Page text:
To ensure fairness, a priority list is used to determine which level crossings will be upgraded first.
Upgrading protection at a level crossing might mean installing flashing lights and bells with “Stop” or “Give Way” signs or it may mean installing barrier arms at a crossing that already has lights and bells.
Other changes can be made to crossings to improve safety, such as increased signage, signs in advance of the crossing or road alignment changes.
To ensure fairness, a priority list is used to determine which level crossings will be upgraded first. The Australian Level Crossing Assessment Model (ALCAM) is used to evaluate the risk at each crossing. Factors considered include:
- train, pedestrian and traffic characteristics
- engineering experience (both rail and road)
- local knowledge of driver or pedestrian behaviour
- social and economic assessments and
- standards and international best practice.
Crossings identified by ALCAM as high risk, or requiring improvement under KiwiRail’s engineering guidelines, are upgraded first.
Crossing upgrades are sometimes necessary because local roading projects, or a new public development may result in increases in road or rail traffic over a level crossing.
Any new crossings will require an ALCAM evaluation to assess any new risks.
KiwiRail recently adopted a new, holistic system which modifies the ALCAM risk score by taking into account other external safety factors. This system is the Level Crossing Safety Impact Assessment ("LCSIA"). Factors taken into account under the LCSIA include:
- crash and incident data
- personal and collective road risk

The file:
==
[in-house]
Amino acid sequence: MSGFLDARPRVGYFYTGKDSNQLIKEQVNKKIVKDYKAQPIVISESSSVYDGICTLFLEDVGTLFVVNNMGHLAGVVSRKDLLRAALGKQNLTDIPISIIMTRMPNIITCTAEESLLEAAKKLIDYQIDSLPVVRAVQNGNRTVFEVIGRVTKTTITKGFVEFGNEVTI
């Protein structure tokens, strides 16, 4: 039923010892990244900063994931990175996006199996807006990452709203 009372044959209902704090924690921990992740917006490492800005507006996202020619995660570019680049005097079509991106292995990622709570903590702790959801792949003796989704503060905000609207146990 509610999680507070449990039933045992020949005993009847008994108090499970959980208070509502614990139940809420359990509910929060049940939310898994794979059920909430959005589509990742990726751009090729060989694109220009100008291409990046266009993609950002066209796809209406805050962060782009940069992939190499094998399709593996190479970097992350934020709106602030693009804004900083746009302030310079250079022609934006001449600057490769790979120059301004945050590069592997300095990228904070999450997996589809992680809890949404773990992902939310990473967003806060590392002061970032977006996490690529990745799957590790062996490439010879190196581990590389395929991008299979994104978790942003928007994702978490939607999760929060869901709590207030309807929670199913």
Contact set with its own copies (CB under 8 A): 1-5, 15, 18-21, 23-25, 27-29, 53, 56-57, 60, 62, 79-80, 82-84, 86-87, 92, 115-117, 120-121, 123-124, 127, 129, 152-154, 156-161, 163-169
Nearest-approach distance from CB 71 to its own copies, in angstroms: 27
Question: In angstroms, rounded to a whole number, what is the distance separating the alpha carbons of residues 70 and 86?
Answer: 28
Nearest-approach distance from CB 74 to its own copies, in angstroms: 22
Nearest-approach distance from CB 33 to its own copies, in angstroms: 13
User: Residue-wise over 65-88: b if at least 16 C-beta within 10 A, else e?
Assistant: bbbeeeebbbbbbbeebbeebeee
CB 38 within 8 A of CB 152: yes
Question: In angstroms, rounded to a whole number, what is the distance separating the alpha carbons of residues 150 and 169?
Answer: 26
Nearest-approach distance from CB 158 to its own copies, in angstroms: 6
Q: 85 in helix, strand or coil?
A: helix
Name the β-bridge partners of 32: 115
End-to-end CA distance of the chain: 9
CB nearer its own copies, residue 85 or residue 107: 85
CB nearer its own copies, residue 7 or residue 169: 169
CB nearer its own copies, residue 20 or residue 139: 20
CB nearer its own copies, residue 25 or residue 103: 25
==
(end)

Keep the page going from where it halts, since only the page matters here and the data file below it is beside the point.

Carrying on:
- vehicle delay–short stacking, and
- the opinion of locomotive engineers (train drivers).
The LCSIA is used to develop risk scores for both private and public road and pedestrian level crossings.
Costs of upgrades
The cost of upgrading a level crossing varies from site to site, depending on what measures are taken to reduce the risk.
Other than for minor works such as installing STOP signs, the cost of upgrading a level crossing can be anywhere from around $200,000 up to (and sometimes exceeding) $3 million.
Grade separating a level crossing (ie putting in a road overpass or underpass) can cost $5 million or more.
Who pays for upgrades?
The costs of installing and maintaining alarm systems at level crossings are generally shared 50:50 between KiwiRail and NZ Transport Agency or the relevant Road Controlling Authority (usually the local Council).
KiwiRail does not contribute towards funding of upgrades that become necessary because of roading projects or new developments outside the rail network.
KiwiRail Capital Works Upgrade Programme
KiwiRail is funded to upgrade around eight crossings per year. Other upgrades occur through separately funded projects.